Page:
Own Goal: BrewDog Bungles Beer Profit Donation Scheme Ahead Of World Cup

Own Goal: BrewDog Bungles Beer Profit Donation Scheme Ahead Of World Cup

Scottish brewing company BrewDog announced itself as an “anti-sponsor” of the football World Cup in Qatar saying that it would be donating the profits on sales of its Lost Lager to fighting human rights abuses.

The brewer, which has been known for its semi-viral marketing in the past, released a statement on Twitter saying that it would be ‘anti-sponsoring’ the World Cup in Qatar.

“This isn’t a World Cup. It’s a World F*Cup,” the company said.

“Football is meant to be for everyone. But in Qatar, homosexuality is illegal, flogging is an accepted form of punishment, and it’s OK for 6,500 workers to die building your stadium. That’s why we’re kicking off. And we’re putting our money where our mouth is, with all the profits from our Lost Lager sold during the tournament going to fight human rights abuses.”

While the initiative is doubtless well-intentioned and the World Cup has come under a huge amount of flack, including from our own Socceroos, BrewDog has come under fire for charitable action.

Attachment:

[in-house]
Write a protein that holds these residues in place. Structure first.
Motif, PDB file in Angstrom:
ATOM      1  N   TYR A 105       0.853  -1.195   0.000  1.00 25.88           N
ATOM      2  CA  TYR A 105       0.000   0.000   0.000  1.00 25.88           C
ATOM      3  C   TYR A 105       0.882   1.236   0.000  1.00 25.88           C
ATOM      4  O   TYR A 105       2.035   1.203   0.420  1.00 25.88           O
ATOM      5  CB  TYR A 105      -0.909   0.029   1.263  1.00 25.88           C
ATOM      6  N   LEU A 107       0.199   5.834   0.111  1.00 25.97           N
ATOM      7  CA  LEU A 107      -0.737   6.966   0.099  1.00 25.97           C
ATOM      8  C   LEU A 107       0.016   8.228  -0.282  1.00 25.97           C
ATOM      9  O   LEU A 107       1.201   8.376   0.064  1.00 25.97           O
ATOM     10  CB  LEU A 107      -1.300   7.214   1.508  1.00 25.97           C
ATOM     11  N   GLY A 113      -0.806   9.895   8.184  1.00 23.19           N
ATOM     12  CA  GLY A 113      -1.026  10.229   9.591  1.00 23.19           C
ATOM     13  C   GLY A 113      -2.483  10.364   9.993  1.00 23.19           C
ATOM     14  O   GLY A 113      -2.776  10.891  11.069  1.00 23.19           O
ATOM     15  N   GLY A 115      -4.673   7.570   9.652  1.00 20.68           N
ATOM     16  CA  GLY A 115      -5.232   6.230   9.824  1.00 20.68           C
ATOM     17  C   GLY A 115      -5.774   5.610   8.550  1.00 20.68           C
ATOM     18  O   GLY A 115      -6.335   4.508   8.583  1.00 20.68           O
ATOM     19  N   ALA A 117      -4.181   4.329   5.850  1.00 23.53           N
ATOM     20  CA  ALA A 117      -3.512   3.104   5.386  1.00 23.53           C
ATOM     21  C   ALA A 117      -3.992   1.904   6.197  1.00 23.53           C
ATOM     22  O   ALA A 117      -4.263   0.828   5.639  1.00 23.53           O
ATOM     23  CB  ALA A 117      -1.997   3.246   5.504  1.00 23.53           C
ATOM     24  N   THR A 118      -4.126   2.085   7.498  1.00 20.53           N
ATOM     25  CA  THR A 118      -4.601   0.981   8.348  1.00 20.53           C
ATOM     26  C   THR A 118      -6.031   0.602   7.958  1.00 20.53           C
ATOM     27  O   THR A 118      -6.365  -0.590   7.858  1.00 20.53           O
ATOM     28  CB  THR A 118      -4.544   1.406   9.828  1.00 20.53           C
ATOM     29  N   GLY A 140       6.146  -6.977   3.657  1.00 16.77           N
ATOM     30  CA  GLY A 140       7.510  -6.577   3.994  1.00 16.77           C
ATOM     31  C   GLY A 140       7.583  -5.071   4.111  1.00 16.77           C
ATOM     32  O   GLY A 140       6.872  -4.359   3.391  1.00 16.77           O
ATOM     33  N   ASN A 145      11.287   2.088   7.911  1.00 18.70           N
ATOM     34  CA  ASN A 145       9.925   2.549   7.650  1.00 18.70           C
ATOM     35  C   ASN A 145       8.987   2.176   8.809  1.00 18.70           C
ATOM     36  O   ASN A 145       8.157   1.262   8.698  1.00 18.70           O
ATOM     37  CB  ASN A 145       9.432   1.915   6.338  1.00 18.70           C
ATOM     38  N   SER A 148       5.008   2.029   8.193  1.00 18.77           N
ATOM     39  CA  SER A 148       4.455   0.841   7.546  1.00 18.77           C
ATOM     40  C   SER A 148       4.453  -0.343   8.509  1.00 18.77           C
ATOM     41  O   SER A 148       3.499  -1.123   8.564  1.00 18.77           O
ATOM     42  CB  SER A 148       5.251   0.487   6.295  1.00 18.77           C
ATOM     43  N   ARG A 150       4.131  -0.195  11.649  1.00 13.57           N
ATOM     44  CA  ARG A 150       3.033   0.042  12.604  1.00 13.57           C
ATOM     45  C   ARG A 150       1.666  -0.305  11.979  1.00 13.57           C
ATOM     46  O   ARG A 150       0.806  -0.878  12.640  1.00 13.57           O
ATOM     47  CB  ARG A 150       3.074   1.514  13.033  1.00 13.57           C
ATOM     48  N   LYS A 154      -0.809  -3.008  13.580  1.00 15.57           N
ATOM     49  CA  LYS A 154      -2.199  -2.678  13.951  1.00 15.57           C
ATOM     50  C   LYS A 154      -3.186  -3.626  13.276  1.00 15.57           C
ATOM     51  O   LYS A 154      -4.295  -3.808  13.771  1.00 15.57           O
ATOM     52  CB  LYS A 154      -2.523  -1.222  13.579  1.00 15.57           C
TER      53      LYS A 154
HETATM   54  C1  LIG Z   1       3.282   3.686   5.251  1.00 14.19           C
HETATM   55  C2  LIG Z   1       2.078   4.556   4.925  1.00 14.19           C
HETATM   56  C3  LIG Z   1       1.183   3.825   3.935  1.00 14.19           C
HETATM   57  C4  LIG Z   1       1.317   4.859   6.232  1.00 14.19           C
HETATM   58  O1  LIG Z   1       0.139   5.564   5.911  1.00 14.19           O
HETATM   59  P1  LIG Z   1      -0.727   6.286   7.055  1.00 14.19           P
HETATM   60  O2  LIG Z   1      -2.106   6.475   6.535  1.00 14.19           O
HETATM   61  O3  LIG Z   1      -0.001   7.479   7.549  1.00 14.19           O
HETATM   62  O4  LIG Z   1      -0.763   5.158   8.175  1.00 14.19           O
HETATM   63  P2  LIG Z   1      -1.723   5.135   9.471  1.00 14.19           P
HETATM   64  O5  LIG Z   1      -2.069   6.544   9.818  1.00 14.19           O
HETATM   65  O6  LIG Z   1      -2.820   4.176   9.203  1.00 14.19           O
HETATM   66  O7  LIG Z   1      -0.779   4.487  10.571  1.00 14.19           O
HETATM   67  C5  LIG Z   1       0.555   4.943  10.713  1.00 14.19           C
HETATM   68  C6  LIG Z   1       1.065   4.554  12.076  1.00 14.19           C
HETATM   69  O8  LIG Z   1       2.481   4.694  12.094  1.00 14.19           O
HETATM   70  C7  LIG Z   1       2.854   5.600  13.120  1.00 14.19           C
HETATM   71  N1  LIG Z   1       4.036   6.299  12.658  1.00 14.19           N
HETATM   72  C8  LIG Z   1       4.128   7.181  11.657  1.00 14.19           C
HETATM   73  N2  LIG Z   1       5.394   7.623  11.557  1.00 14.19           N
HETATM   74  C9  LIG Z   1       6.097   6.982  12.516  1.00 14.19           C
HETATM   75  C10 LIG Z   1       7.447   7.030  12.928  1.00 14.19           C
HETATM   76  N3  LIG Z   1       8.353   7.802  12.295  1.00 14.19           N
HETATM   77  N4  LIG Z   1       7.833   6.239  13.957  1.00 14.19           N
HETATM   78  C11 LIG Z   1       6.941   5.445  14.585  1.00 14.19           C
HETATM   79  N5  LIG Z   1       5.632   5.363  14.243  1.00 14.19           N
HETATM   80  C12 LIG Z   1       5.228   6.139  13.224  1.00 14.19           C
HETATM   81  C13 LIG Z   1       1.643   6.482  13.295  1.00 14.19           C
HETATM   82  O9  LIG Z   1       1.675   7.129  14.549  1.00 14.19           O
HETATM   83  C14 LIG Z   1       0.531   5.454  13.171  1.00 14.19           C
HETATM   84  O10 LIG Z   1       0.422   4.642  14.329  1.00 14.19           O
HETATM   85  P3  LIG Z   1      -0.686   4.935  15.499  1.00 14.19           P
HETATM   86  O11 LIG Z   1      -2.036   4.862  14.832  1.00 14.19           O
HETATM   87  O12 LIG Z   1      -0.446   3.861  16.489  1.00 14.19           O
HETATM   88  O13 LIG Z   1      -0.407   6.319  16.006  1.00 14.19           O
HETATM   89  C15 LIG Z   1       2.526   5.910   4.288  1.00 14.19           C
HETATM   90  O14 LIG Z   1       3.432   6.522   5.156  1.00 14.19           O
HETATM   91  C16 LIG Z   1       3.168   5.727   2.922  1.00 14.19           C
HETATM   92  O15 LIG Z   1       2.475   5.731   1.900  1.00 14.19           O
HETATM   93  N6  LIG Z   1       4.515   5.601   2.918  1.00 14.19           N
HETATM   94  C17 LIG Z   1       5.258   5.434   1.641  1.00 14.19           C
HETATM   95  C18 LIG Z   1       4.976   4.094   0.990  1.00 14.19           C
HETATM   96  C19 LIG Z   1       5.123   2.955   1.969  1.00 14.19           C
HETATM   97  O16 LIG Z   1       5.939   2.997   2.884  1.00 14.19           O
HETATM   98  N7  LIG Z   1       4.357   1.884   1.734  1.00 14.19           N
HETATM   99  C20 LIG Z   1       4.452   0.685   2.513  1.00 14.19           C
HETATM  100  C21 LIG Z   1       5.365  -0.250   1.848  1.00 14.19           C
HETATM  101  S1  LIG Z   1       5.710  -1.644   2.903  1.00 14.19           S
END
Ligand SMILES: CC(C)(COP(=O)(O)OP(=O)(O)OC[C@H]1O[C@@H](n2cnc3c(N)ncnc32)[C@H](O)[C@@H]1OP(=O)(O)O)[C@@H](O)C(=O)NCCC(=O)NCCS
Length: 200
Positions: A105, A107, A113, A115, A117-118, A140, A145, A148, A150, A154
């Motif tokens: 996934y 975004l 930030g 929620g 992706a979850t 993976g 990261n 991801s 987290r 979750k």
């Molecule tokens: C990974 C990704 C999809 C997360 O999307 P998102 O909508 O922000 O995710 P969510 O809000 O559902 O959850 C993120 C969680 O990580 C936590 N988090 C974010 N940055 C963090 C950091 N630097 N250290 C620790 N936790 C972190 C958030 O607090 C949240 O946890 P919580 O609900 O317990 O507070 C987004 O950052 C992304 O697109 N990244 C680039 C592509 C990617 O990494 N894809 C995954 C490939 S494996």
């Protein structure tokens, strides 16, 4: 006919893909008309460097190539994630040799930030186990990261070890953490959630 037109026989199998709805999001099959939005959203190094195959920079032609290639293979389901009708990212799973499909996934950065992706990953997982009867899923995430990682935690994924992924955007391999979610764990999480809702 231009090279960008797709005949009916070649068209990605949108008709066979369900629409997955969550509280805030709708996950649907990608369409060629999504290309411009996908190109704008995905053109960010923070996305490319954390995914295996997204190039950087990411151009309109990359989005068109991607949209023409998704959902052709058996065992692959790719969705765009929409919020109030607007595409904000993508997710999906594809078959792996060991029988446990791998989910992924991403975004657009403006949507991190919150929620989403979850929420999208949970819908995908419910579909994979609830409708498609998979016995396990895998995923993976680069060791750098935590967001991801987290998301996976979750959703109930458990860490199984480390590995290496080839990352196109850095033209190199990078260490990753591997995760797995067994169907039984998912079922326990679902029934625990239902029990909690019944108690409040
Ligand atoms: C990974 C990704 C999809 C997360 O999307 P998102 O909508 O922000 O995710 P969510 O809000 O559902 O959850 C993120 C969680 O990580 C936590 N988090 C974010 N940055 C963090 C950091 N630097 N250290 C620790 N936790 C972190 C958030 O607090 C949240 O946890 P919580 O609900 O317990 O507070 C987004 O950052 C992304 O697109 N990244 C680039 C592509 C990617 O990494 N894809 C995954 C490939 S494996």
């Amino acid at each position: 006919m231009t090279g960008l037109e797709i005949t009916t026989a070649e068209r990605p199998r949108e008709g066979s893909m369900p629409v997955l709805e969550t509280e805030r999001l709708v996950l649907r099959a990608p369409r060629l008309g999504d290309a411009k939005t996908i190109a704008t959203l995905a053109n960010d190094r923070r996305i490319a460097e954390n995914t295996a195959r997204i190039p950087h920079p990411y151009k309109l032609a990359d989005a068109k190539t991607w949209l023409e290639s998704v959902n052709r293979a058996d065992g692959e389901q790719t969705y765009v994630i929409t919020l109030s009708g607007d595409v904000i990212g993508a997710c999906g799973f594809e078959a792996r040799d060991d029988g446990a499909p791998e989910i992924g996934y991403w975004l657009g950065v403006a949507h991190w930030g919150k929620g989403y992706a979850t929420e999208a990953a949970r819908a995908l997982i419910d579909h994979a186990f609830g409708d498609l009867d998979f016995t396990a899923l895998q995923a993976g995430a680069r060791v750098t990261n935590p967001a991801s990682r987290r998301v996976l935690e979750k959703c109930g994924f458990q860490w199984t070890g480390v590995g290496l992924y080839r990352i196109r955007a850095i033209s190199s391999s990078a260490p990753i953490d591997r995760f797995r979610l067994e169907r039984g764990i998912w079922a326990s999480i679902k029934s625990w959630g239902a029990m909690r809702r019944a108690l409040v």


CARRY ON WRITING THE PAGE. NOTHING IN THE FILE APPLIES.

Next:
For one, the company is still continuing to show the World Cup games in its bars and pubs around the world.

“We are, because don’t want [sic] to stop people watching the football. Corruption shouldn’t stop this. Besides, the more football we show, the more Lost is sold, the more money goes to charity,” the company tweeted.

The company also came under fire after former US workers said that CEO James Watt’s behaviour made them feel “uncomfortable” and “powerless.”

An open letter signed by former employees last year suggest that the company fostered a toxic workplace environment. “The single biggest shared experience of former staff is a residual feeling of fear,” wrote the former employees.

“Fear to speak out about the atmosphere we were immersed in, and fear of repercussions even after we have left,” wrote the employees.

According to one Twitter user, BrewDog seems to have entirely changed its mind of football.


The company also seems to have failed to do its research on the working conditions in the stadiums.

“We thought long and hard about whether we wanted to show matches in our bars but decided to do so for two reasons,” a BrewDog spokesperson told PRWeek via email.

“One, if you love craft beer and you also love football, you shouldn’t be denied the chance to enjoy them together just because FIFA is corrupt. Two, all profits from Lost Lager sold during the tournament will be donated to human rights charities. We will raise a lot more money if we show the matches in our bars. ”

CEO Watt, appears to have brushed off the concerns as a “bit of the usual twitter hate.”




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